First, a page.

This novella shares the virtues of the previous book, and it bridges the possible gaps left by the other, as we get to see more of what Matilda experienced and share with her some of the terrible humiliations and spirit-breaking practices she had to suffer. Seeing her robbed of her dignity, ignored (at best) or abused, the subject of dubious psychiatric treatments and moral judgements, and experiencing loss, guilt, and repeated trauma, it is no surprise that her mind sought refuge in a fantasy world that granted her an important and grand role in life.
I loved the way the story puts readers in the shoes of the protagonist, and we get to live what happens through her own eyes: the fear, the trashed hopes, the moments of joy, the many disappointments, the companionship, the grief, the confusion… This is not an easy read, and I caution people who might have experienced or known similar events, as it is heartbreaking at times. The author also manages to include snippets about the historical and social events taking place in the UK during those eras. We hear about WWII and how the recruitment efforts reached even the psychiatric hospitals; we also hear about race relations and discrimination; domestic violence and its terrible consequences (Doris’s story brought tears to my eyes); changes in Mental Health law and in the understanding of mental illness definitions, classifications, and treatments… It is particularly telling to see how isolated and “protected” (in a certain way) the character is from the outside world, and how she can hardly recognise her own town when she goes back 25 years later. It is a sobering thought.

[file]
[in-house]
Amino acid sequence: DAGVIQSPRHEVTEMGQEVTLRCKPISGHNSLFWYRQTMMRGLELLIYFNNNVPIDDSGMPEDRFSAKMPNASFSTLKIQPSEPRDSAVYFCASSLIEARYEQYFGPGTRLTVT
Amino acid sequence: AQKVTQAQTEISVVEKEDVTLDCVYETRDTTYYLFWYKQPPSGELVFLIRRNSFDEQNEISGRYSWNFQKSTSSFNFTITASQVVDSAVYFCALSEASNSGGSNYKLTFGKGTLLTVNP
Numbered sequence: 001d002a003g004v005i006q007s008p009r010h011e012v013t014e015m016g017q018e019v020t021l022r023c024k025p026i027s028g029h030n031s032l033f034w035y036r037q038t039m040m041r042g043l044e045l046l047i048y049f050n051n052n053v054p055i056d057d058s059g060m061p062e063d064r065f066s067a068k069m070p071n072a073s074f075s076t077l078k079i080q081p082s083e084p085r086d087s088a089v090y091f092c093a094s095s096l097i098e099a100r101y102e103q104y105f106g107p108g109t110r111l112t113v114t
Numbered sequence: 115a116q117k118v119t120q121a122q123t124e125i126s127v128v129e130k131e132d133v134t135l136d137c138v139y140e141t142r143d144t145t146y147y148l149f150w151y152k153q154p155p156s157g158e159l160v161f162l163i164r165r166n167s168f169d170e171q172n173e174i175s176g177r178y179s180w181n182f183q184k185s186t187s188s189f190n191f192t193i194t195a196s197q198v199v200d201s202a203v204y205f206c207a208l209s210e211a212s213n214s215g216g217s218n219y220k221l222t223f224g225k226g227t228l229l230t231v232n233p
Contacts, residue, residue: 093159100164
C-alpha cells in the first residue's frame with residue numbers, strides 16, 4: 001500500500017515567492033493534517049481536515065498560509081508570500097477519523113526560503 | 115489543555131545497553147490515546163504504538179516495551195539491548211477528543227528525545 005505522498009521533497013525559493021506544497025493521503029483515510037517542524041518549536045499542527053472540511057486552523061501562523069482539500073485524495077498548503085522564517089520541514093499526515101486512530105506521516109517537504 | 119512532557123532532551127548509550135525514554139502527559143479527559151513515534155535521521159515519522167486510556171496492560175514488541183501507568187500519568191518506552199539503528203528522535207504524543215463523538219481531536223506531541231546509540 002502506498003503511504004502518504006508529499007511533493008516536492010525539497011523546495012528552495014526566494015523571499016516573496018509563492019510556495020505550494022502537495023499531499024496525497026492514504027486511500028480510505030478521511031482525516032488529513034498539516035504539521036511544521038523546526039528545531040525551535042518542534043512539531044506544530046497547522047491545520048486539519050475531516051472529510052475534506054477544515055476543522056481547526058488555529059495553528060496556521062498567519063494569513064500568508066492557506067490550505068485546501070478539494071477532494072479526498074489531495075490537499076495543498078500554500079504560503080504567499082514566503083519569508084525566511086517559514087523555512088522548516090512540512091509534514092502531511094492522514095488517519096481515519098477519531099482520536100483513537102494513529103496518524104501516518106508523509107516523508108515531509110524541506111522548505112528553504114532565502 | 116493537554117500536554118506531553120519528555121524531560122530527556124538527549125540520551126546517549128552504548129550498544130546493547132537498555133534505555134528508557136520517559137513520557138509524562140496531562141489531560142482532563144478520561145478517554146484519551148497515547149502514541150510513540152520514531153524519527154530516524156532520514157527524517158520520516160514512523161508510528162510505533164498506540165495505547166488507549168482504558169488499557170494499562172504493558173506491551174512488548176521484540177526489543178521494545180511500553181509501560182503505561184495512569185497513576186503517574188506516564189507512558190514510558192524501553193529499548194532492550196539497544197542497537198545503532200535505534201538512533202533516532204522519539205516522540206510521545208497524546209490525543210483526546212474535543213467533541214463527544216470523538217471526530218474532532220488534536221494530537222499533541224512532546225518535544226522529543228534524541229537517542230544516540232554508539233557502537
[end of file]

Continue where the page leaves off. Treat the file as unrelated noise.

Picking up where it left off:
Although the story centres on Matilda, there are a few other characters we meet. Doctors (very few make an appearance, unsurprisingly considering how things were run at the time) and nurses are not identified by name, and seem interchangeable, not individualised, as they might have appeared to Matilda, for very good reasons. Other patients do have a more important part to play, and I adored Doris. She suffered a terrible loss, but she is a survivor, and she helps Matilda keep afloat and keep going. Some of her behaviours reminded me of many patients I have met over the years, but she is pretty unique.
The writing is as beautiful and poignant as in the previous book. Although there are no lengthy descriptions of people or places, the author manages to make us feel the sensations, the touch, notice the smells, and be gripped by fear and embarrassment as Matilda is. The characters’ expressions and turns of phrases are distinctive and reflect the era and the location, and the pass of time and the changes in social mores are brought to the fore by the way the story is narrated.